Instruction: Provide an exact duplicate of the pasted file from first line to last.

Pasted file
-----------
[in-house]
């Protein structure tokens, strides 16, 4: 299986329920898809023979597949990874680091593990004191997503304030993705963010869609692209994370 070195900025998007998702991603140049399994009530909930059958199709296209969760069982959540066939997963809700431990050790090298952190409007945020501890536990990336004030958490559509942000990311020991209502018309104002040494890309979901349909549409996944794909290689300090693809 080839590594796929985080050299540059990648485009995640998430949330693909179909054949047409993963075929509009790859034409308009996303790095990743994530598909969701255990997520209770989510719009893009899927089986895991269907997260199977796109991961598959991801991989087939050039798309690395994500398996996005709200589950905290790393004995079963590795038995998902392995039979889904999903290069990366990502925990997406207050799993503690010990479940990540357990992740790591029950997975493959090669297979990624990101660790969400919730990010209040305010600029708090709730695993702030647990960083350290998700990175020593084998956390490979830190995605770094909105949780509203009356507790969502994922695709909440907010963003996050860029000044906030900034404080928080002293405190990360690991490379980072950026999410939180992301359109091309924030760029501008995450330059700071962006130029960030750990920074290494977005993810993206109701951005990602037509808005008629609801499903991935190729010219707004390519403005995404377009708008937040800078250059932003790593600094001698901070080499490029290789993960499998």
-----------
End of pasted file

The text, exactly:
[in-house]
């Protein structure tokens, strides 16, 4: 299986329920898809023979597949990874680091593990004191997503304030993705963010869609692209994370 070195900025998007998702991603140049399994009530909930059958199709296209969760069982959540066939997963809700431990050790090298952190409007945020501890536990990336004030958490559509942000990311020991209502018309104002040494890309979901349909549409996944794909290689300090693809 080839590594796929985080050299540059990648485009995640998430949330693909179909054949047409993963075929509009790859034409308009996303790095990743994530598909969701255990997520209770989510719009893009899927089986895991269907997260199977796109991961598959991801991989087939050039798309690395994500398996996005709200589950905290790393004995079963590795038995998902392995039979889904999903290069990366990502925990997406207050799993503690010990479940990540357990992740790591029950997975493959090669297979990624990101660790969400919730990010209040305010600029708090709730695993702030647990960083350290998700990175020593084998956390490979830190995605770094909105949780509203009356507790969502994922695709909440907010963003996050860029000044906030900034404080928080002293405190990360690991490379980072950026999410939180992301359109091309924030760029501008995450330059700071962006130029960030750990920074290494977005993810993206109701951005990602037509808005008629609801499903991935190729010219707004390519403005995404377009708008937040800078250059932003790593600094001698901070080499490029290789993960499998």